When I was in Kenya to help out with a church camp, I was reminded on multiple occasions not to drink the local water. Sanitation was so nonexistent there that well water was usually infested with the kind of bacteria your colon has nightmares about meeting, and drinking it would likely give you plenty of time to familiarize yourself with the layout of the country’s bathrooms. Native Kenyans, on the other hand, drink it on a regular basis. Because they’ve spent their whole lives with water that polluted, their bodies don’t make as much of a fuss about it. It seems as clean to them as city water once did to me.

In other, very simple terms: Just because what you’re allowing in your life seems clean doesn’t mean it is.

A spiritual filter

So let’s talk spiritual implications. We live in an unbelievably polluted world. Dissect any aspect of society’s day-to-day life, and you’ll find all manner of impurities. And as Christians, we face the challenge of living in it, without being a part of it (John 17:14-16). But how is that even possible?

Well, in simplest terms: a filter. That’s exactly what God’s law is—a filter designed to allow in the good parts of life while filtering out the garbage. Take a look at each of the Ten Commandments and what you’ll find aren’t arbitrary laws or whimsical statutes, but a set of filters to ensure better living. Keep lies out of your life and you’ll earn trust. Don’t allow yourself to covet and you won’t be plagued with the stress of keeping up with the Joneses. Remember the Sabbath day by keeping it holy and you’ll find a much-needed day of rest and rejuvenation every week. The list goes on and on.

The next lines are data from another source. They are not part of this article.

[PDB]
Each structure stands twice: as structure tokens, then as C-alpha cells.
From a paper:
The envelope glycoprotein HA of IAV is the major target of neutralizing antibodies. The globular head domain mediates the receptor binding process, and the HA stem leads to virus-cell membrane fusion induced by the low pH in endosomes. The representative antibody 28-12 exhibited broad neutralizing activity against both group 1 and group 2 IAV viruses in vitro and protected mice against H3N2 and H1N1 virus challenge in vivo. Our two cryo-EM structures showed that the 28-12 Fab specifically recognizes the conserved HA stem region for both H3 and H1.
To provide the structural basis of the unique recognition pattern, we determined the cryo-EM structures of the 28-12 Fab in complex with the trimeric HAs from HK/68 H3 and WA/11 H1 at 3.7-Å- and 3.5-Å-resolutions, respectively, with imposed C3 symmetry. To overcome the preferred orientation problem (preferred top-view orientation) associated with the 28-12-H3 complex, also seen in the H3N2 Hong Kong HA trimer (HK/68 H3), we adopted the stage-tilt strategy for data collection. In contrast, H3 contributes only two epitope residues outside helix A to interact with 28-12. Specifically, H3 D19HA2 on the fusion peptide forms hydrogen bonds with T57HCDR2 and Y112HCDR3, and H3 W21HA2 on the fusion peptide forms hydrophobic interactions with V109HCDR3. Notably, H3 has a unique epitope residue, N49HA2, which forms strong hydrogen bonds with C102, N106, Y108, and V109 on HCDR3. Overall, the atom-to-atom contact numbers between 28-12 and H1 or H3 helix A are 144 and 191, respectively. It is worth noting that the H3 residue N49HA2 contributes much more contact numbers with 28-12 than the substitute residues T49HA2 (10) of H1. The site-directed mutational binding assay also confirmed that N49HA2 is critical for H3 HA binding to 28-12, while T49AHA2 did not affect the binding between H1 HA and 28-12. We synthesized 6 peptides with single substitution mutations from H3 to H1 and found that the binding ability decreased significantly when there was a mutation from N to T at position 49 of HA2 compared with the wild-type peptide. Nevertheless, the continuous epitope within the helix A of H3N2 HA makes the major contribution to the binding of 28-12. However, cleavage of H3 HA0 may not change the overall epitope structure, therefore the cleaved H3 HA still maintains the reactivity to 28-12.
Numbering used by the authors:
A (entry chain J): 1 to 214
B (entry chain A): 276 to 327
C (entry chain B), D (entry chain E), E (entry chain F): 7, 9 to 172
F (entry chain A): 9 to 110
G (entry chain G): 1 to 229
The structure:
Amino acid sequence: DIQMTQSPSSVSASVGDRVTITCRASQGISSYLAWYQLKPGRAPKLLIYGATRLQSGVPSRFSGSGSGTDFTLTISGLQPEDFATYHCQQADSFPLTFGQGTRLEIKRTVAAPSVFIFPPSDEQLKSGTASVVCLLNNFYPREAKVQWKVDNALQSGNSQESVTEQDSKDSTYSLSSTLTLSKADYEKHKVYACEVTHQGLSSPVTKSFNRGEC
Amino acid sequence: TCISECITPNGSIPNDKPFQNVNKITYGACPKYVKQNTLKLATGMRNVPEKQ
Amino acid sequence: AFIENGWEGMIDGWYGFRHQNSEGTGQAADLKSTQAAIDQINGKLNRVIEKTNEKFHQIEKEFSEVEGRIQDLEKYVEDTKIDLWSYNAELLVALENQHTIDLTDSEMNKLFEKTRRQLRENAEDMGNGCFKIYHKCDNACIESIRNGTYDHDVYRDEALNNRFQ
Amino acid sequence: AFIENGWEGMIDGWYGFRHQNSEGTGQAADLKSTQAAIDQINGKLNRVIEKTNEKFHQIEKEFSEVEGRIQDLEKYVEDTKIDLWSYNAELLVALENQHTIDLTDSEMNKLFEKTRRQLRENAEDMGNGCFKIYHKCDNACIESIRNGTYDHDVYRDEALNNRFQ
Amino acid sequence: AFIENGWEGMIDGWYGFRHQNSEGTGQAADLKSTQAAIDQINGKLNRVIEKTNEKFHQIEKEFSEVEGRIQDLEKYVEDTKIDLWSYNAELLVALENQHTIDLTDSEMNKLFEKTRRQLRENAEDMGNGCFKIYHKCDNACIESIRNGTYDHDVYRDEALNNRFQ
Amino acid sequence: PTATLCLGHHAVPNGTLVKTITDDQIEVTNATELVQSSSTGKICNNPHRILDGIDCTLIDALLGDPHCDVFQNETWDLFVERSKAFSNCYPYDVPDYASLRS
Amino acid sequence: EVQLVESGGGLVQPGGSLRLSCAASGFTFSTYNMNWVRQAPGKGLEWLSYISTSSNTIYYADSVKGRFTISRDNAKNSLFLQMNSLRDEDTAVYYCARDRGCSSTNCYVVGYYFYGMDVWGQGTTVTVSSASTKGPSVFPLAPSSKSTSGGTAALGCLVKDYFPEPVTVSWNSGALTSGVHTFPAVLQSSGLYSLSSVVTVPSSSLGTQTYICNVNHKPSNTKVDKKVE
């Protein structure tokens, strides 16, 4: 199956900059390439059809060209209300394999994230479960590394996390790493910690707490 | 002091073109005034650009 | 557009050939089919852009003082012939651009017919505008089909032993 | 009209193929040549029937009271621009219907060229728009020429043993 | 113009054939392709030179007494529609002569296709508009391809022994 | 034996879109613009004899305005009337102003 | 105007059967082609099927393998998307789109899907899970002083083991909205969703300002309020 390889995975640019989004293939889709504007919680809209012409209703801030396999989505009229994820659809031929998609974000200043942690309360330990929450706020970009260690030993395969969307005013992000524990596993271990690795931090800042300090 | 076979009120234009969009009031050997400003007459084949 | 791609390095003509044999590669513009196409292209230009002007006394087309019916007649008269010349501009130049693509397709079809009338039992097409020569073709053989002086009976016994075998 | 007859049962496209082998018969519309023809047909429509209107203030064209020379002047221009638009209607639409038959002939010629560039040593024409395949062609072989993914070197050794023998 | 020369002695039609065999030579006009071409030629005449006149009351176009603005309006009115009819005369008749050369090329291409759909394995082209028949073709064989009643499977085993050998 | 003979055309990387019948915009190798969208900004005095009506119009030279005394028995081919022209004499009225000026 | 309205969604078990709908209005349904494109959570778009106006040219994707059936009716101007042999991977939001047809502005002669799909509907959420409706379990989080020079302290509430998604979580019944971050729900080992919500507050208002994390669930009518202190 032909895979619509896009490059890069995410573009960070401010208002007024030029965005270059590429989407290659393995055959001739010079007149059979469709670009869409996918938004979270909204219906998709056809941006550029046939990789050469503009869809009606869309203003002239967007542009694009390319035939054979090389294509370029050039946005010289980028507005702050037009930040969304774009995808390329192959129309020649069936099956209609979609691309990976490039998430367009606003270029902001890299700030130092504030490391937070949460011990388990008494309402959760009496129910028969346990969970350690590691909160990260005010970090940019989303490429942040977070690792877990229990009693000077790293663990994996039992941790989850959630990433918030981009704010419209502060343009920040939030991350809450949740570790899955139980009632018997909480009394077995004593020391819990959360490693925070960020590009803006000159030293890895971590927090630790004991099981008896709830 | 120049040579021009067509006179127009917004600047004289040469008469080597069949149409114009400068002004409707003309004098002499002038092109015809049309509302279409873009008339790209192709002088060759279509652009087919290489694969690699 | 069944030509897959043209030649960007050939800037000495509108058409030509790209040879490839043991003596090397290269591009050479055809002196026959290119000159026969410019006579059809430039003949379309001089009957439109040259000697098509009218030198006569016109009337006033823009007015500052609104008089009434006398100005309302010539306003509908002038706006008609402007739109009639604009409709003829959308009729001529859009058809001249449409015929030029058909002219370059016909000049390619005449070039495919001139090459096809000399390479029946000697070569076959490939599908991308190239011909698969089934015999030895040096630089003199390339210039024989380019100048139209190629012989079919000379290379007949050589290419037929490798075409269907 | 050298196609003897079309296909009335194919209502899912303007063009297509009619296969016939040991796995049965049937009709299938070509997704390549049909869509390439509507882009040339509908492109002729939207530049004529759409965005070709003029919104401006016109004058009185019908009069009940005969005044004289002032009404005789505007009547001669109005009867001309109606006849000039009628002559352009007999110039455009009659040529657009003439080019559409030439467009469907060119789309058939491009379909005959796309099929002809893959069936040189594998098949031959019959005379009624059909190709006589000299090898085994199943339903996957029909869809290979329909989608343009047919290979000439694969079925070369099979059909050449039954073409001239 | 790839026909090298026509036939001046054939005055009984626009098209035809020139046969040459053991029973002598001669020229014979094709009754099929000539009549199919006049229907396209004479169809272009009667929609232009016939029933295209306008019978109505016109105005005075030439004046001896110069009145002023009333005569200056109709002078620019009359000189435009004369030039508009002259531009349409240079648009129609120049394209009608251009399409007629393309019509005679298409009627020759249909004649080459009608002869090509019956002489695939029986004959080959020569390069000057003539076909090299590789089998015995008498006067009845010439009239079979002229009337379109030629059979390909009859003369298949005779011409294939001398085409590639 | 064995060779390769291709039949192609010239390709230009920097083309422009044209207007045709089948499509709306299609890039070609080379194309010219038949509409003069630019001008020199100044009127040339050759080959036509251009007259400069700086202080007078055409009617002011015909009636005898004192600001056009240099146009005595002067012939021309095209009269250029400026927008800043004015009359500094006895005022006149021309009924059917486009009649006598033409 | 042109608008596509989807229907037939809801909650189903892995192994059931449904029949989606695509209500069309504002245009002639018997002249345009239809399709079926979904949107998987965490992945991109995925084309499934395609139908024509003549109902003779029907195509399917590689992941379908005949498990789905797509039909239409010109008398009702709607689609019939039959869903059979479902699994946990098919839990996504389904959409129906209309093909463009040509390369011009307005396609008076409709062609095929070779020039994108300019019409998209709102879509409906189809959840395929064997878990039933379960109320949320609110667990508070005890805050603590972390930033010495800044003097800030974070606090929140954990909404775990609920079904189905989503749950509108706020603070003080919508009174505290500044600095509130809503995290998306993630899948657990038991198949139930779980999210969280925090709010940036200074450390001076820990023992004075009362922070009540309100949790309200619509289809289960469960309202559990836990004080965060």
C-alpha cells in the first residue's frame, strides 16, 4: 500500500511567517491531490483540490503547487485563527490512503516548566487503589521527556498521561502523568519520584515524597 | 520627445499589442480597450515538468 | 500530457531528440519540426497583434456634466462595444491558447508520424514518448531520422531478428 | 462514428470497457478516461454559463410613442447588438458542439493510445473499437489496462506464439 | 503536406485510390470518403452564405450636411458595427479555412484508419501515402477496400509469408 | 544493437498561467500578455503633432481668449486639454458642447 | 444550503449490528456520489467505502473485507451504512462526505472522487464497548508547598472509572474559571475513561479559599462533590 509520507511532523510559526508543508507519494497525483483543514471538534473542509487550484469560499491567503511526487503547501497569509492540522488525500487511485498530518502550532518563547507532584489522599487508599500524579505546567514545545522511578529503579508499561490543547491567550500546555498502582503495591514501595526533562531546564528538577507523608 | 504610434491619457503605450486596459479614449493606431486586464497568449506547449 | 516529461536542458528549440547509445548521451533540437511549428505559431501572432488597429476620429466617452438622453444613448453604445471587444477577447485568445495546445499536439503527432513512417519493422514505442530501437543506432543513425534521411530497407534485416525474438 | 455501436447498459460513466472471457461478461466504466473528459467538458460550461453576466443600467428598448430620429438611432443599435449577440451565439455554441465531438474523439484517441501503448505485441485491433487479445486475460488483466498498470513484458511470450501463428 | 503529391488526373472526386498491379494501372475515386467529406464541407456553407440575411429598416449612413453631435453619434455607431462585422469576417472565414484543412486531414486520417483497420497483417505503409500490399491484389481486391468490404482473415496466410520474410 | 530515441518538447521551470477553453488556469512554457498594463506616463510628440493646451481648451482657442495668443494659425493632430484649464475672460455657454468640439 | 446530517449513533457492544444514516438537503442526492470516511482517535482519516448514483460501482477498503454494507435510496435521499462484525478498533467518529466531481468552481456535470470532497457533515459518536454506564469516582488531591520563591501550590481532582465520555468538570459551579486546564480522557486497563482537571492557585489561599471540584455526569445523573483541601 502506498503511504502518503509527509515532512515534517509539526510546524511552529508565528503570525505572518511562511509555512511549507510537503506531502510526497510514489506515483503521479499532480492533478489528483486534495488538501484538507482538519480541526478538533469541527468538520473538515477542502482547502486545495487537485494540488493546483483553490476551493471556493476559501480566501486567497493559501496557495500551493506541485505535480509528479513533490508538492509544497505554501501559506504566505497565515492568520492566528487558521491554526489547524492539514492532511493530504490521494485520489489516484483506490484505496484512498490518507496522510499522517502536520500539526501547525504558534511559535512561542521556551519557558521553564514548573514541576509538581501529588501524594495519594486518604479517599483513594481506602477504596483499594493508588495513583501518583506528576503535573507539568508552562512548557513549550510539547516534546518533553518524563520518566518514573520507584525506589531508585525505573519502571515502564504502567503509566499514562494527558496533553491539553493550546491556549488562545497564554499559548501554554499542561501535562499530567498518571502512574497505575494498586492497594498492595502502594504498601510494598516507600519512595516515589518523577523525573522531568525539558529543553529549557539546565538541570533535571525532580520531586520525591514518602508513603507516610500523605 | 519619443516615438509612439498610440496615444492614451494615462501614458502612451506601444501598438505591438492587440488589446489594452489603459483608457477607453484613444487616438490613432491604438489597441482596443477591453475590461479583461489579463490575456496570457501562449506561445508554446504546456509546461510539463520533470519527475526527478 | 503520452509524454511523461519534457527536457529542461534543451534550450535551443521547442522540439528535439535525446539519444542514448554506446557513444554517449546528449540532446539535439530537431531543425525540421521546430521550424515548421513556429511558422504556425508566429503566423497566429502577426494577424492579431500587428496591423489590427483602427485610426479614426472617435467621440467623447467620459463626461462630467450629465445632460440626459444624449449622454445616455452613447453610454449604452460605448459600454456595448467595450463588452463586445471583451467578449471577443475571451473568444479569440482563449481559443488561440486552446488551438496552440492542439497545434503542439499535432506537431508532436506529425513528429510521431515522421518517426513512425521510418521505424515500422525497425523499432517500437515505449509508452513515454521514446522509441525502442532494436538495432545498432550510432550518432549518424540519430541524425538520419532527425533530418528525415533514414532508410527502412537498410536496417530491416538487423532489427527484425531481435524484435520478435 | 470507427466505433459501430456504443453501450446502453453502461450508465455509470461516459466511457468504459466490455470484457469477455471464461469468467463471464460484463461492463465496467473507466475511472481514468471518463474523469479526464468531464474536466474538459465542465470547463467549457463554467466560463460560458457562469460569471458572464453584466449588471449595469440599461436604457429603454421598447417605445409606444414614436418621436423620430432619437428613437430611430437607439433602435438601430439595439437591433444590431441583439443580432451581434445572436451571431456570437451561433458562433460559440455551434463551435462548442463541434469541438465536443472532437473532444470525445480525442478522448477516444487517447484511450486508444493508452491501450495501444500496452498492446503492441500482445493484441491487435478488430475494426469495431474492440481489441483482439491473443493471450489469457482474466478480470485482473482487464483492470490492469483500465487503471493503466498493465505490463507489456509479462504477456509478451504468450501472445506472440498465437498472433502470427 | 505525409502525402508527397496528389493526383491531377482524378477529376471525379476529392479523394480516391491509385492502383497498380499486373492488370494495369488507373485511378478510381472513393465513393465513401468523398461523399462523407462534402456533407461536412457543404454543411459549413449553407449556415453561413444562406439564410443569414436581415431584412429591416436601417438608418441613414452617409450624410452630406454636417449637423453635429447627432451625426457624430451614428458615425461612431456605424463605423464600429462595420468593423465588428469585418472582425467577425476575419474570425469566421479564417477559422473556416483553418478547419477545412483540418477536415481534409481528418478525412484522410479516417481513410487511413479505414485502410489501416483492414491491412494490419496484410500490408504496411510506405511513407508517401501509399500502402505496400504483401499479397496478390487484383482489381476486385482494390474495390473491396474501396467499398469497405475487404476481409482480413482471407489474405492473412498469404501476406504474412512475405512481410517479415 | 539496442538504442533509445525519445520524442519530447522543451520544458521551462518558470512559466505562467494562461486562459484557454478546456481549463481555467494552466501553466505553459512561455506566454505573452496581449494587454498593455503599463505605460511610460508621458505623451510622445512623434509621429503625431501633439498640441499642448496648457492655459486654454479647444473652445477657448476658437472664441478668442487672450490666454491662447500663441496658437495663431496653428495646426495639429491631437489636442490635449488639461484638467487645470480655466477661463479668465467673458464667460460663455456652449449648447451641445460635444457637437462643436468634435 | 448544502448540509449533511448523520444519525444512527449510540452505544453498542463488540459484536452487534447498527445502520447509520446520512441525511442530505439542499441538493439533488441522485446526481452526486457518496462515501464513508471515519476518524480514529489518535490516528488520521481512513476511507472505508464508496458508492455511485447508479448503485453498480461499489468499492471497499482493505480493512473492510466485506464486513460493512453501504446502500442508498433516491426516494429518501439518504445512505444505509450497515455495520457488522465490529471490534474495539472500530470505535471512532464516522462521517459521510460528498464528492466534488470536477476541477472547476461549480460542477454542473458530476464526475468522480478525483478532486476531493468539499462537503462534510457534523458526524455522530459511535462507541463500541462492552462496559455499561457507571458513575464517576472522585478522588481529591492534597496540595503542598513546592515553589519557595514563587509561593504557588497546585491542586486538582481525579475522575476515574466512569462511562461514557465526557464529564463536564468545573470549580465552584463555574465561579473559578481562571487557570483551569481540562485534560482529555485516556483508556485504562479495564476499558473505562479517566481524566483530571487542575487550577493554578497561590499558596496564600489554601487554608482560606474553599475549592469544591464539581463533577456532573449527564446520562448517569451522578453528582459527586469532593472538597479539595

And it’s not just the Ten Commandments. The entirety of God’s law is a filter against the worst kind of garbage—sin. It is sin that tears apart relationships, shatters trust, destroys entire lives and just generally degrades us until nothing good remains. Remove even one facet of that filter, and you allow an entryway for sin to snake its way into your life.

Put your filter to use

You might be like I was with my city’s water. It tasted fine; I assumed it must be fine. Likewise we can look at our lives—at what we’ve come to accept as clean—and not realize just how much garbage we’re actually letting in. Christ reprimanded the congregation in Laodecia because “you say, ‘I am rich, have become wealthy, and have need of nothing’—and do not know that that you are wretched, miserable, poor, blind and naked” (Revelation 3:17). Our imperfect senses can sometimes convince us that our condition is better than it really is.

God didn’t give us the Bible as a paperweight. It is filled with all the information we need to construct the perfect filter in our lives, keeping sin away from us and allowing the good in life to come through untainted. That filter requires continued maintenance, meaning we need to look at it every day and compare to what God recorded for us and make sure the two match up.

God didn’t intend our lives to be filled with garbage. But it’s out there, and when we don’t use His perfect law as a filter, we’re going to run into it. As David writes, “Who is the man who desires life, and loves many days, that he may see good? Keep your tongue from evil, and your lips from speaking deceit. Depart from evil and do good; seek peace and pursue it. The eyes of the Lord are on the righteous, and His ears are open to their cry. The face of the Lord is against those who do evil, to cut off the remembrance of them from the earth” (Psalm 34:12-16).

It sounds to me like a filter is a pretty worthwhile investment.

Until next time,
Jeremy